Providing Technology Training and Mentoring For Modern Technology Adoption
You have heard it said: “It’s all about the data,” and indeed, data represents one of the most valuable assets that your enterprise possesses is your data. For many organizations, data serves as the cornerstone of their intellectual property. The trouble is that for many enterprises, their data is spread across multiple disparate data stores, complete with inconsistent data structures, non-standard naming conventions, duplicate data, and conflicting data representations.
No matter how well your applications, services, business processes, or other technology systems and assets are designed, nothing can cover up or otherwise overcome the limitations of bad data. Mismanaged data results in conflicting reports, unreliable results, information replication issues, and a host of other problems that require extensive workarounds, patches, and troubleshooting.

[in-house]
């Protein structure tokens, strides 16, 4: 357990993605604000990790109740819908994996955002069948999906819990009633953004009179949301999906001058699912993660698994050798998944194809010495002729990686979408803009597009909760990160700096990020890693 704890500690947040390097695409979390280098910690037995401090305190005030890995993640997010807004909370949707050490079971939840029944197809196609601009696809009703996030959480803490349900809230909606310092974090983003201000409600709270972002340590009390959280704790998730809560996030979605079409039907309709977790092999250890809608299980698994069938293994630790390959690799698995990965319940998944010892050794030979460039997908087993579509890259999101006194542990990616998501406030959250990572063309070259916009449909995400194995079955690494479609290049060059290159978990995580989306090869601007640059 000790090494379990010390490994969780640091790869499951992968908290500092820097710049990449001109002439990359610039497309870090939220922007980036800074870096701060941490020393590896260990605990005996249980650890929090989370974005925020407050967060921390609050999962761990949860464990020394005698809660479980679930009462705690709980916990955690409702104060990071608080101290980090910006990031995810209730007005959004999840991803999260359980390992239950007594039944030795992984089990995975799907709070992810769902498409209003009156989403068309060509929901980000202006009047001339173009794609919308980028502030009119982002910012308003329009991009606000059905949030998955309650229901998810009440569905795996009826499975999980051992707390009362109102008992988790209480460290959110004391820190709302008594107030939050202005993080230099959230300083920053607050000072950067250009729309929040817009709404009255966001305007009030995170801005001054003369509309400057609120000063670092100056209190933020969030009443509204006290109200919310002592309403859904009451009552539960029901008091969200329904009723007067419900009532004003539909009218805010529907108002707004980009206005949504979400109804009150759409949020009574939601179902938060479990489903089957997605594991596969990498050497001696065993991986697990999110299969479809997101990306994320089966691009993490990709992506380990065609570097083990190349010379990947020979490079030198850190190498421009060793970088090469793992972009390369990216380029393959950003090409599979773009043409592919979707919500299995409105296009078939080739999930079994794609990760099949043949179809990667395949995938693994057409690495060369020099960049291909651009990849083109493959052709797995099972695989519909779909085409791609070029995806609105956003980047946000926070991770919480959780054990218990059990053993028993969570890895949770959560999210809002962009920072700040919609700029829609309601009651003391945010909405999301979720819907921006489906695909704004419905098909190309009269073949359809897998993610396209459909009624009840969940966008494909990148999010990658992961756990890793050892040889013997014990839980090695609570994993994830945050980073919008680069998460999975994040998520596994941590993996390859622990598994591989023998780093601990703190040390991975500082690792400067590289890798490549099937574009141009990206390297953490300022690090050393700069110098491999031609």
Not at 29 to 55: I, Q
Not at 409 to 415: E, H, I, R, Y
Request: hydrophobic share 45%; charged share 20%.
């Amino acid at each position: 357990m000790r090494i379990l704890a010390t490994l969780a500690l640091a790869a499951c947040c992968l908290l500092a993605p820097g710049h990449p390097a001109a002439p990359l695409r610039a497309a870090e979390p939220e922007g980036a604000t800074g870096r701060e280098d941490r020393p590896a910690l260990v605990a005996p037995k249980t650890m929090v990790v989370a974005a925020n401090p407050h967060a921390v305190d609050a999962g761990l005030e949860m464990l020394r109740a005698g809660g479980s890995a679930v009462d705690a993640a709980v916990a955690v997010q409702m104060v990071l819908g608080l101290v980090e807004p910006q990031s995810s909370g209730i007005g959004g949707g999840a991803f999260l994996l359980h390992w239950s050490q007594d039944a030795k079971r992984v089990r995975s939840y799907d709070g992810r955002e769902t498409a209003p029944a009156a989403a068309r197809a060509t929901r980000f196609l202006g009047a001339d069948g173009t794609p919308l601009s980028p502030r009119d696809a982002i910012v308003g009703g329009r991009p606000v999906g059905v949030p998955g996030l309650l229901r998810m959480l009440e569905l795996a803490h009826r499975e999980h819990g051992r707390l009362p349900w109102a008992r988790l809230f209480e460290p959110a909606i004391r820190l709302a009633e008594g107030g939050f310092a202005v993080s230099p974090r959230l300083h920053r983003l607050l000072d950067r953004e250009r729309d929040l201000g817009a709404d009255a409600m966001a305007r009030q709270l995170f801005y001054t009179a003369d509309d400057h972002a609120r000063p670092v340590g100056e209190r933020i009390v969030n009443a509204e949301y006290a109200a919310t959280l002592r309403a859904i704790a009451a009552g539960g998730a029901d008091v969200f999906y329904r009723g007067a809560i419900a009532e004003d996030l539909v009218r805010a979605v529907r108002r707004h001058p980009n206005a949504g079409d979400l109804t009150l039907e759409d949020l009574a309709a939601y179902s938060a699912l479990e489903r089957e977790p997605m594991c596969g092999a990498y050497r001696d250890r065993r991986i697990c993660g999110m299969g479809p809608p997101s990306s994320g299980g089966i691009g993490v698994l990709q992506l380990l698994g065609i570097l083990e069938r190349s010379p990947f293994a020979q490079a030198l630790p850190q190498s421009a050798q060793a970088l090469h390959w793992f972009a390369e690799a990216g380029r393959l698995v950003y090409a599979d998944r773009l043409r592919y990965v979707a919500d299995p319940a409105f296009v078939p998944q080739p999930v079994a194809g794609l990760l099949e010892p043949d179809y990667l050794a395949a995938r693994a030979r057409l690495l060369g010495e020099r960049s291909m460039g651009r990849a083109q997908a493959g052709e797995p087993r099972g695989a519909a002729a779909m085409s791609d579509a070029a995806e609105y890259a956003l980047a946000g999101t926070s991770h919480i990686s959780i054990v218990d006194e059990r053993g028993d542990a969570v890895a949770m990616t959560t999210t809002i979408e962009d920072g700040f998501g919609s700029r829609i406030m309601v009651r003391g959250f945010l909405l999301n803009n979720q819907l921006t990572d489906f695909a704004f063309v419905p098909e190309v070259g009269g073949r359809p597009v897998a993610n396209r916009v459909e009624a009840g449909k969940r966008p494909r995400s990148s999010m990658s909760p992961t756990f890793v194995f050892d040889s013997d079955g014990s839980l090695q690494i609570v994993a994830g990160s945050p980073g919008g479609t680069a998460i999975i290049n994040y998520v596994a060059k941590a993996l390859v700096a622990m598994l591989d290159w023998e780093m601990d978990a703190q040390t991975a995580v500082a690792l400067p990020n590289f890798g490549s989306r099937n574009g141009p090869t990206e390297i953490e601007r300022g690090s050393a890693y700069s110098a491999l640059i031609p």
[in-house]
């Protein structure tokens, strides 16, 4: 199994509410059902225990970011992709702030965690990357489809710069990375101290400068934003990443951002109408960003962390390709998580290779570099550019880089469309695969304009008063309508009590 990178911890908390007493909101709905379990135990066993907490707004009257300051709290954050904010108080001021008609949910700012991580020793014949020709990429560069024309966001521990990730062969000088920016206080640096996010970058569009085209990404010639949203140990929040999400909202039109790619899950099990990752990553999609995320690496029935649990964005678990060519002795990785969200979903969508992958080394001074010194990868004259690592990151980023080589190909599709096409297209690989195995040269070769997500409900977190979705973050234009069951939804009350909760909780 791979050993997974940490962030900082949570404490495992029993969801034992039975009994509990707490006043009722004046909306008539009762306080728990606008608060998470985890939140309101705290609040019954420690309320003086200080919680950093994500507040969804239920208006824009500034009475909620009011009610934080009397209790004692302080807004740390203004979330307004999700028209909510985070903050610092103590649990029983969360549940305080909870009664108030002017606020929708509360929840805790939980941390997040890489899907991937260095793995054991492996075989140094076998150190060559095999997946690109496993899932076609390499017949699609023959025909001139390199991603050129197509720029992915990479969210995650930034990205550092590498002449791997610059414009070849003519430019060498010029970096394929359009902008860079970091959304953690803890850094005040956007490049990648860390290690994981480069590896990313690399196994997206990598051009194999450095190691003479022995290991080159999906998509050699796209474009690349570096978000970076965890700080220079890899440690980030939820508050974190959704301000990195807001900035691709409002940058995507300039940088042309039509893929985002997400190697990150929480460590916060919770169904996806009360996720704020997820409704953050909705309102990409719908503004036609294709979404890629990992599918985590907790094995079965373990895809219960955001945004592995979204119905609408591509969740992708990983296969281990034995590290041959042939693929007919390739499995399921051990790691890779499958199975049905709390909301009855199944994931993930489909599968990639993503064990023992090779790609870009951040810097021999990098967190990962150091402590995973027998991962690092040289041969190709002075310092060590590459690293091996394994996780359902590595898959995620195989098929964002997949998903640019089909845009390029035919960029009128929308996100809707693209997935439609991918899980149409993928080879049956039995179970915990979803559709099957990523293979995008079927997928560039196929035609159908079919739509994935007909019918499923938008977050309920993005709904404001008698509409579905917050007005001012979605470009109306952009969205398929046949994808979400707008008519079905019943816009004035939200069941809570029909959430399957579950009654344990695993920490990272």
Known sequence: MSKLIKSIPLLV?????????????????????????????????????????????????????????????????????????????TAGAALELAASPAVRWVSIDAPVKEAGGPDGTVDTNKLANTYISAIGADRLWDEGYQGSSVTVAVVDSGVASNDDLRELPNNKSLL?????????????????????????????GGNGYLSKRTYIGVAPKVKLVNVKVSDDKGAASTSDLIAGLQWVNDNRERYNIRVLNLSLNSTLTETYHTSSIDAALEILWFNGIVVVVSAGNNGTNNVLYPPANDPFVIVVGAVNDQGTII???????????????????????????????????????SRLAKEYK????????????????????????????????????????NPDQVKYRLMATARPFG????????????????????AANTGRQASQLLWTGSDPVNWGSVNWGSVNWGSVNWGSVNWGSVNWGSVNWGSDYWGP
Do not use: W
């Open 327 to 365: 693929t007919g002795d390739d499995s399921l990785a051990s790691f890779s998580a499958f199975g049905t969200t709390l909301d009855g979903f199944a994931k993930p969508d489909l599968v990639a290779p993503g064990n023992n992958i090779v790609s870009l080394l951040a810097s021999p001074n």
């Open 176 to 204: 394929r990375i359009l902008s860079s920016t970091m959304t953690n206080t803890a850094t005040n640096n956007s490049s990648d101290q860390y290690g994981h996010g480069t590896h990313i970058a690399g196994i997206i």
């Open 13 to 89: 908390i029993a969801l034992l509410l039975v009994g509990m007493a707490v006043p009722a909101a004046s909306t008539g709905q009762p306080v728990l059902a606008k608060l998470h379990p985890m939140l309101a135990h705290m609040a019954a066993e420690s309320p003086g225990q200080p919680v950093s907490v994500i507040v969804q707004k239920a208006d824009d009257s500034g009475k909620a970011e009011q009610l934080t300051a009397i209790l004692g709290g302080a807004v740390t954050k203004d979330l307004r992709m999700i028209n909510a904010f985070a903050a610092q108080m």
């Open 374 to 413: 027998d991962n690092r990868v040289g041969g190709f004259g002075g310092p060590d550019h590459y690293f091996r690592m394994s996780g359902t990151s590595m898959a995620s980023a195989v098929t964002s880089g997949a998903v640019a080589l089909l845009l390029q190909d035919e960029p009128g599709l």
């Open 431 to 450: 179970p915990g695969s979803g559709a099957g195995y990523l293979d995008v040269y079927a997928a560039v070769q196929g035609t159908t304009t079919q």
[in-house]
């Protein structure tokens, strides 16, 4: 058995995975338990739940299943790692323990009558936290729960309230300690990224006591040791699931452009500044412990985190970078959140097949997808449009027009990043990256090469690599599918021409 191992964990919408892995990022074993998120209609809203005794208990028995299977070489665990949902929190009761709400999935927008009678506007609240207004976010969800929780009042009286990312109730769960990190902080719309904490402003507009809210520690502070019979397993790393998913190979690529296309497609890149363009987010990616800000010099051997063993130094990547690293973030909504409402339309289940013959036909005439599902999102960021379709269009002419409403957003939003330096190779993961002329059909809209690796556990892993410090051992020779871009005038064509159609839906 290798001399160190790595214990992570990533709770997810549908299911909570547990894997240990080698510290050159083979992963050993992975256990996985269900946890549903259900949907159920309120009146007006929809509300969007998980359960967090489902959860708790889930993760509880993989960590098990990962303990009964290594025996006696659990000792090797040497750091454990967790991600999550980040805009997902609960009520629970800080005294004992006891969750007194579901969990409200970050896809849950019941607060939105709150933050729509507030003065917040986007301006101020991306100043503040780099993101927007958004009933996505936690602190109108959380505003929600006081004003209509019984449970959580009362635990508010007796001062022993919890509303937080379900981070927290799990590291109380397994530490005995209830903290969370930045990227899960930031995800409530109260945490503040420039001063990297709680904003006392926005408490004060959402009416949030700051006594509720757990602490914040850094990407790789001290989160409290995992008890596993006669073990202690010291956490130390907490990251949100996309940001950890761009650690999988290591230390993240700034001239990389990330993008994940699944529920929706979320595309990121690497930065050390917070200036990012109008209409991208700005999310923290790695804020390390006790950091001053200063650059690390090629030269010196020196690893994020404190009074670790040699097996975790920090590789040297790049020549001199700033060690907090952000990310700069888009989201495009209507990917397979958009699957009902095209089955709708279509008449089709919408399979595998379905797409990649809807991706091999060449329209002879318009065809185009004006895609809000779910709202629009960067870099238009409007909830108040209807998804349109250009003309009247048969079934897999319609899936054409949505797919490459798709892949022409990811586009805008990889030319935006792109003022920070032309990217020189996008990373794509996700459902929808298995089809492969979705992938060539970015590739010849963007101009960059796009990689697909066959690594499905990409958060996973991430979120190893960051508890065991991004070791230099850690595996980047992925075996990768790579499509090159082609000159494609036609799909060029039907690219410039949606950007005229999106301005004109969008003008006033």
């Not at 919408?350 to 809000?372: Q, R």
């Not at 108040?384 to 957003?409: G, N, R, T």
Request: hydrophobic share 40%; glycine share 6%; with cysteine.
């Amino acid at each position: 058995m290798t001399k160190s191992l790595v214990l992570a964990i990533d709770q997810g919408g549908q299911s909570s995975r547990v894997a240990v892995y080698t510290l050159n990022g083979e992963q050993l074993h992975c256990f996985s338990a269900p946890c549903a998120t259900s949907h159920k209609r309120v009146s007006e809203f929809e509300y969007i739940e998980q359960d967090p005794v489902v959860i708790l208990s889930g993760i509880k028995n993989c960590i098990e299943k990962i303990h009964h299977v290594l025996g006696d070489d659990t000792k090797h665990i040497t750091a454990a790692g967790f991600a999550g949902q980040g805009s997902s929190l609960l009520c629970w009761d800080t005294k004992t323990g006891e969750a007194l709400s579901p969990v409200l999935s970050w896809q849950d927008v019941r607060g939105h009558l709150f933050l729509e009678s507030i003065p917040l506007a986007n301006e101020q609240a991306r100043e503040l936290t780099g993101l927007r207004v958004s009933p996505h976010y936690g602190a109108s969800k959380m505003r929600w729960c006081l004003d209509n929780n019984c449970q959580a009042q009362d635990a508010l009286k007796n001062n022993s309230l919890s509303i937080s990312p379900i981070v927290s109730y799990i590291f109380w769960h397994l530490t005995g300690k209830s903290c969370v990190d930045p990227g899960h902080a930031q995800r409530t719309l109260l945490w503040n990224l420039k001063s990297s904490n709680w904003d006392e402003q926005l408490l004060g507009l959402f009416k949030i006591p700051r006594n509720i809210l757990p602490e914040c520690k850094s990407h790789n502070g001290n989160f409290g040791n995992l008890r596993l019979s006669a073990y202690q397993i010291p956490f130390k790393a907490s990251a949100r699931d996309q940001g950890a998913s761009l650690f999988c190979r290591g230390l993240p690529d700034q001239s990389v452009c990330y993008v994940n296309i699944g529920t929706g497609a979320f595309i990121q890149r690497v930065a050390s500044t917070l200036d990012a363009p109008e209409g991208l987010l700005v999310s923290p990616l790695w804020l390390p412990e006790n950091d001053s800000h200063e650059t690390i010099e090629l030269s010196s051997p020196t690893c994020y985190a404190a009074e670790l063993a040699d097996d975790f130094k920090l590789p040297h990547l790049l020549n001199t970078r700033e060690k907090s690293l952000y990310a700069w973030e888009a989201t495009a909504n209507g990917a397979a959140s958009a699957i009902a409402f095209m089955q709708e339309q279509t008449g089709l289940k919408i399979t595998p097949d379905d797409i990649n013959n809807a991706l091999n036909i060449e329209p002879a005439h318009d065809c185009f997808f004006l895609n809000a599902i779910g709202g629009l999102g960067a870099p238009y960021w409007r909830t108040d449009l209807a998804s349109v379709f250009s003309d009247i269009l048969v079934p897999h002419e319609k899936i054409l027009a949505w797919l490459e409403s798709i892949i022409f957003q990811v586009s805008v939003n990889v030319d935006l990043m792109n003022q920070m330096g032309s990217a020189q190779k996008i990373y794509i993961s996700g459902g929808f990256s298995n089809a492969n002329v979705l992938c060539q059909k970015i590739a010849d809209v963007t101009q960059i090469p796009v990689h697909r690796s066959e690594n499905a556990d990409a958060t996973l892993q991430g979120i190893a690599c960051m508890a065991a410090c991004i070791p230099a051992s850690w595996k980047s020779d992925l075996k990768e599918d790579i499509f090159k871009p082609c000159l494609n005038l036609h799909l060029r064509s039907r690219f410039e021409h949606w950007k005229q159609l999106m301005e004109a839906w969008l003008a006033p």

Master Data Management (MDM) is an alignment strategy aimed at unifying your organization’s data into a coherent whole. MDM provides an overarching methodology for resolving data fragmentation. Data fragmentation results in duplicate data, inconsistent information sets, and stale or out-of-data reports. MDM addresses all of this from a comprehensive perspective and ensures that your data management strategy aligns with your business objectives.
This course provides a hands-on, workshop environment to enable project teams to explore MDM theory, practice, and strategy in a dynamic education and mentoring environment. Attendees are provided with a broad survey of Master Data concepts and given an opportunity to explore MDM from multiple angles. Concepts are reinforced through analysis of real world case studies, group discussion, as well as collaborative group-based exercises designed to put these concepts into practice.
Information Technology Architects, Developers, Business Analysts, and Managers
A basic understanding of data models and information management is expected. Previous experience with database design concepts is helpful, but not required.